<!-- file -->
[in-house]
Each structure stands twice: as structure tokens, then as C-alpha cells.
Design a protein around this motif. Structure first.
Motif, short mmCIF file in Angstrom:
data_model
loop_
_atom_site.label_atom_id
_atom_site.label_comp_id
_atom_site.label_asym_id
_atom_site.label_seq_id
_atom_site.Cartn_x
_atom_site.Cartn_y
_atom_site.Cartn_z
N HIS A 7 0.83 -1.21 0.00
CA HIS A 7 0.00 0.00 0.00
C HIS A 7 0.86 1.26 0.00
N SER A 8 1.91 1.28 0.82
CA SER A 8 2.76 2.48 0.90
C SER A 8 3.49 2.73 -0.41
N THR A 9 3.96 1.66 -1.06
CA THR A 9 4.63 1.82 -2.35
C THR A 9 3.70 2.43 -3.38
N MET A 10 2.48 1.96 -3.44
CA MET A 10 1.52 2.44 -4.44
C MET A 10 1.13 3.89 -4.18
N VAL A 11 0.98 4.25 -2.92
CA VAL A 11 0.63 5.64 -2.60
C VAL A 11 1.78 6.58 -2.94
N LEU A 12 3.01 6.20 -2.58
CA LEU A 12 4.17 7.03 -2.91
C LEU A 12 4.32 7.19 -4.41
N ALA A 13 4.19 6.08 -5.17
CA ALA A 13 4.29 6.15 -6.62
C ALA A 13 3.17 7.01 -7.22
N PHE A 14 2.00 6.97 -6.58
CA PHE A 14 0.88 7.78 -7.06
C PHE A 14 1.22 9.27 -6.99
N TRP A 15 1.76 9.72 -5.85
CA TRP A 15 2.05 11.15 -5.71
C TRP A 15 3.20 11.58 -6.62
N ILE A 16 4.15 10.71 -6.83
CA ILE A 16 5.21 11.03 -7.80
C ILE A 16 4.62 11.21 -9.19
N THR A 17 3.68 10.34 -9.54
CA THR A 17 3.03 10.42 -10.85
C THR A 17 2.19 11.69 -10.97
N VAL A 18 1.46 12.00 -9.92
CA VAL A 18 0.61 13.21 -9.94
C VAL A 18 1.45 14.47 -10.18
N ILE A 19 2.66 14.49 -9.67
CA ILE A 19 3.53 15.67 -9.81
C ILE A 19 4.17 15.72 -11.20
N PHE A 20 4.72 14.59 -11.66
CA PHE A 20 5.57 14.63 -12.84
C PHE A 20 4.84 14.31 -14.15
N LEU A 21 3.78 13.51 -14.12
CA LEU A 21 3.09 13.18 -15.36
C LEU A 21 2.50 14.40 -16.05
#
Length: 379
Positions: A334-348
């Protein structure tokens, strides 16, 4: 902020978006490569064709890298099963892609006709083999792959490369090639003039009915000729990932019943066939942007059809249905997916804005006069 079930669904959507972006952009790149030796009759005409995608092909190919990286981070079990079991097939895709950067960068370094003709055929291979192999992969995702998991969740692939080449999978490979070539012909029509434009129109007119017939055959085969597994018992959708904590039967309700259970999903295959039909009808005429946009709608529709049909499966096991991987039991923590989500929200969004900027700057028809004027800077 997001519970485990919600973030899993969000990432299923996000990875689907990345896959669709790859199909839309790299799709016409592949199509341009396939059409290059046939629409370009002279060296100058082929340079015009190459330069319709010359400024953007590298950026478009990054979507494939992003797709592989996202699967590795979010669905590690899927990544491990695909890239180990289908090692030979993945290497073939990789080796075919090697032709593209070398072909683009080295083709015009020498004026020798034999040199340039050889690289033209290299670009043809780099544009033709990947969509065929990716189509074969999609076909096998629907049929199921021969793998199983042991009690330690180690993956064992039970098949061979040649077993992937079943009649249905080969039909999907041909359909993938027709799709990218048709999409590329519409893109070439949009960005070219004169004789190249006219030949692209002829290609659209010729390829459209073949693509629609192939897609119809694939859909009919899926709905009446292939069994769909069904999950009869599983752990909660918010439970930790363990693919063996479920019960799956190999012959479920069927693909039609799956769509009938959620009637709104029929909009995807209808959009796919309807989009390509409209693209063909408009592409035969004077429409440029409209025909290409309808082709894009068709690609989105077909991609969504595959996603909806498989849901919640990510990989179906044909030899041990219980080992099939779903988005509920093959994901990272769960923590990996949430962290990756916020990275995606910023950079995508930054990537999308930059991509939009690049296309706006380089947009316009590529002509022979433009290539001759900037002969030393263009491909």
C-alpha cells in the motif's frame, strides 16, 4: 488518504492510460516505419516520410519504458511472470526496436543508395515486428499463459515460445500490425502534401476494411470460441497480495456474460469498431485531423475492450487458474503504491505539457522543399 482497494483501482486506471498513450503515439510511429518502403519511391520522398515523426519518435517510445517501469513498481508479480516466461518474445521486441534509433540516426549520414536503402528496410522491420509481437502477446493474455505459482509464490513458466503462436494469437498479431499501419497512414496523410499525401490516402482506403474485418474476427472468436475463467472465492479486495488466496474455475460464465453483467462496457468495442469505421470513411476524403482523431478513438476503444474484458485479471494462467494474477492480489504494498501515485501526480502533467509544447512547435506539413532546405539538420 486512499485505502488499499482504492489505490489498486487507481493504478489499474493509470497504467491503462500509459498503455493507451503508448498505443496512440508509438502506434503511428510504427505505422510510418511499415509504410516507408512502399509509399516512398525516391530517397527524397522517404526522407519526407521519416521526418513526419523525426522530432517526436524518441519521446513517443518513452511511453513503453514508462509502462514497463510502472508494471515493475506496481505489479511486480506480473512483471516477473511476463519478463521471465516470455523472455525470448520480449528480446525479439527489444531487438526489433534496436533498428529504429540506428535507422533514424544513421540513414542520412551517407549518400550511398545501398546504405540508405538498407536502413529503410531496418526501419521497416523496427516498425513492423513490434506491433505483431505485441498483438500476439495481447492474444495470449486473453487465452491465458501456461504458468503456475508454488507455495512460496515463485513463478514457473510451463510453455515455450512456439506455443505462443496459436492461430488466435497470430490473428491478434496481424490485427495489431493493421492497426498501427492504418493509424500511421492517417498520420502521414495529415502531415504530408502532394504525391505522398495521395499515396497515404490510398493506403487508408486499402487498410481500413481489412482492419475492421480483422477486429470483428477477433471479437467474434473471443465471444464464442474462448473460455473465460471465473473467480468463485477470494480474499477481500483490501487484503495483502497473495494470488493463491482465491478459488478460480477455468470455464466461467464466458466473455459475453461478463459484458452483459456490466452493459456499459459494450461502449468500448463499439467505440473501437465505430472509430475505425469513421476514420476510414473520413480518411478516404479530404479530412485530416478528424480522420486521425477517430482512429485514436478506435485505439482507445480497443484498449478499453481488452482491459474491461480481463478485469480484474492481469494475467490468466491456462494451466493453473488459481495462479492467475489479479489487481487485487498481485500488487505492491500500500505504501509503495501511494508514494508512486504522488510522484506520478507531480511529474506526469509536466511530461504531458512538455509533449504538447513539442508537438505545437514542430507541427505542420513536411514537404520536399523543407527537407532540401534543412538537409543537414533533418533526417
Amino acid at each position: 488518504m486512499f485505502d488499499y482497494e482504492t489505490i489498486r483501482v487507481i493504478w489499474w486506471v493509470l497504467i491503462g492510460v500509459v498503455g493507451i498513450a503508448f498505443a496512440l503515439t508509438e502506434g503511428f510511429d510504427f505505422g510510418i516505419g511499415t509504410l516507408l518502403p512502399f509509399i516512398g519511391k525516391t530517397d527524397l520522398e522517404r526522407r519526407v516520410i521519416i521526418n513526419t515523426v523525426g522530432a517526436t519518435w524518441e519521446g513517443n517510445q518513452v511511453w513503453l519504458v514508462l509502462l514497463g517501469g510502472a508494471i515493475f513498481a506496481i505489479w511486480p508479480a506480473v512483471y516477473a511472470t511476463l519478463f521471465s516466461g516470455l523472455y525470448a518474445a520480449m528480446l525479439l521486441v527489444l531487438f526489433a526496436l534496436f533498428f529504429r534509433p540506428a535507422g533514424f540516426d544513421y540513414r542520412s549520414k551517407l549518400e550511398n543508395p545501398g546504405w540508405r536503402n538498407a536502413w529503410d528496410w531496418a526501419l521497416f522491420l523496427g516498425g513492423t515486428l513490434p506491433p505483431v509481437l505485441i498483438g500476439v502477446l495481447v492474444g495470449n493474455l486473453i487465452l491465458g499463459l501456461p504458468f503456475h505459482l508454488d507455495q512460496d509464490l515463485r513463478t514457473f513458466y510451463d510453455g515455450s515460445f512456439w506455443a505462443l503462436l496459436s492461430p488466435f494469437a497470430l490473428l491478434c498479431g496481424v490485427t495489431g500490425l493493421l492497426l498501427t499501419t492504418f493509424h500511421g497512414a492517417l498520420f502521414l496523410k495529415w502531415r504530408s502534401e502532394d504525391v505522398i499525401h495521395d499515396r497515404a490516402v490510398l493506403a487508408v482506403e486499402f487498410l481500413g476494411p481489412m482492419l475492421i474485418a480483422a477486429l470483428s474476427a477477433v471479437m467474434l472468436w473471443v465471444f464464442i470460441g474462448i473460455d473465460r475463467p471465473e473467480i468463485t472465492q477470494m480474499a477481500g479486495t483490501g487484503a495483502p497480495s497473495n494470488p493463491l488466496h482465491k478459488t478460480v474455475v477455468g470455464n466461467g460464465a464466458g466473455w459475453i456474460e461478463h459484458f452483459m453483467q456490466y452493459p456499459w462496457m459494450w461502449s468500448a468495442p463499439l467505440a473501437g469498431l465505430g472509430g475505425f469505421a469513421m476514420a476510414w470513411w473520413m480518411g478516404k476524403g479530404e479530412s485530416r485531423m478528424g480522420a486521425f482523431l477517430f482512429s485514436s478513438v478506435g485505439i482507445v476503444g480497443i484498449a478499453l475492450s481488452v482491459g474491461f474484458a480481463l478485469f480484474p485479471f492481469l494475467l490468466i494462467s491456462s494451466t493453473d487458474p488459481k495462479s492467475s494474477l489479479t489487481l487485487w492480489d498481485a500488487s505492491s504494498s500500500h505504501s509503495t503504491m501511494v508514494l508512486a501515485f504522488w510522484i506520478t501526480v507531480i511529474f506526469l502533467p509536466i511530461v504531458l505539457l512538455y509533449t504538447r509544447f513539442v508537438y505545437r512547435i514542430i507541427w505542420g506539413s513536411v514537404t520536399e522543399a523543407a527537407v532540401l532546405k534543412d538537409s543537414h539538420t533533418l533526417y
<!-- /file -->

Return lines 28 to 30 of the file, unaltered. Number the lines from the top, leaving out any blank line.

C VAL A 11 1.78 6.58 -2.94
N LEU A 12 3.01 6.20 -2.58
CA LEU A 12 4.17 7.03 -2.91